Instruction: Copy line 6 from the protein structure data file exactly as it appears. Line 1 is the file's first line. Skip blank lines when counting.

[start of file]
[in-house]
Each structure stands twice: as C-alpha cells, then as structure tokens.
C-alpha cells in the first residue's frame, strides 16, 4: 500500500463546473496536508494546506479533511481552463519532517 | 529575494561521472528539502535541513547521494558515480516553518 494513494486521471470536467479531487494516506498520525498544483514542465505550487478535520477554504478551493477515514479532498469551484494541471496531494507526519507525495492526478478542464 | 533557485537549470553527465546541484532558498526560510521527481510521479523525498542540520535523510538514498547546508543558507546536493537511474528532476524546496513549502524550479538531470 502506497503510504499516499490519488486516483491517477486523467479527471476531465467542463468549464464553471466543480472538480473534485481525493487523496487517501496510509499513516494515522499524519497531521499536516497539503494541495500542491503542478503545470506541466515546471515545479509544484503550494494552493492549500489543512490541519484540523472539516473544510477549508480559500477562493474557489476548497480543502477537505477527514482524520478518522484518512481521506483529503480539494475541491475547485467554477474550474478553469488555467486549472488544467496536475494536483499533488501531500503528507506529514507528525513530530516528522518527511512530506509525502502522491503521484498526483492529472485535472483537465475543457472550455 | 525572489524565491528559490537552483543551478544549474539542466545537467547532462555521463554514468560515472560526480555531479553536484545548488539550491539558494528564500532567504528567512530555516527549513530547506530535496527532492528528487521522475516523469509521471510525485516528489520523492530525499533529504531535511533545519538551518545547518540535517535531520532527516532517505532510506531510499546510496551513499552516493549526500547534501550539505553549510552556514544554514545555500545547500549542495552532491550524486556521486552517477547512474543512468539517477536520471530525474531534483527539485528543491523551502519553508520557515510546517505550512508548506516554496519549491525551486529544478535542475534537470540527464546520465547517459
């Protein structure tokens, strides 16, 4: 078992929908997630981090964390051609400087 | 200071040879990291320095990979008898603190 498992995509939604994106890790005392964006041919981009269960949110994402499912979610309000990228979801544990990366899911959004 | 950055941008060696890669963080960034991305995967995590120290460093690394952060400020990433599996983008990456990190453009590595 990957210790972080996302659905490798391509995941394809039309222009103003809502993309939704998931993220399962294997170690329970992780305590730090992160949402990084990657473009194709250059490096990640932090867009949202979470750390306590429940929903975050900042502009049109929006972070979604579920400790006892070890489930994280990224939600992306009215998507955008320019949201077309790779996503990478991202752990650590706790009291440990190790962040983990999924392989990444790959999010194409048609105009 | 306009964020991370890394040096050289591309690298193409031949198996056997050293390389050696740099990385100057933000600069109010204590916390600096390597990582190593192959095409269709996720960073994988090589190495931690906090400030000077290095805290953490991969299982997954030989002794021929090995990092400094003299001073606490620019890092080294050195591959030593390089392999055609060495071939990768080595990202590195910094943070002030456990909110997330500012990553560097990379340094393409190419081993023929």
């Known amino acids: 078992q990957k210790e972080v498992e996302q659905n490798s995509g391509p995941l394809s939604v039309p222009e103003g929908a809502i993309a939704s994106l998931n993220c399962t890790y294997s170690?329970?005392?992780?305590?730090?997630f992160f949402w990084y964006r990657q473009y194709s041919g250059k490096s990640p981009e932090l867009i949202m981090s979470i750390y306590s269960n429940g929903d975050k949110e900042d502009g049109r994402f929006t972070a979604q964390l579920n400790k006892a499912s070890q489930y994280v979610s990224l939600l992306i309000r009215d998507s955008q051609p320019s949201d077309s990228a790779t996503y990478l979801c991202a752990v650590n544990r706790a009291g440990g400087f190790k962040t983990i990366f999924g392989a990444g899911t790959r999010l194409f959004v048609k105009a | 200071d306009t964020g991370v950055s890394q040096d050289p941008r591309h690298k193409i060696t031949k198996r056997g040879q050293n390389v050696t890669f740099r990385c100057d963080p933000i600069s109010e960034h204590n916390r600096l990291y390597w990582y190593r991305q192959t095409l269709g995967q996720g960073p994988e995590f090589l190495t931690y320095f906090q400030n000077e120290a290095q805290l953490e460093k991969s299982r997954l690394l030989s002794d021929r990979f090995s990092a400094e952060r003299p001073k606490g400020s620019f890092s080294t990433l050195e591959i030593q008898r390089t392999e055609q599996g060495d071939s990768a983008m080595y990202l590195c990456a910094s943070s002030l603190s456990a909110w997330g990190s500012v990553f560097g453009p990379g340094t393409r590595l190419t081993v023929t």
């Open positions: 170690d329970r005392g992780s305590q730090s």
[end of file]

């Open positions: 170690d329970r005392g992780s305590q730090s």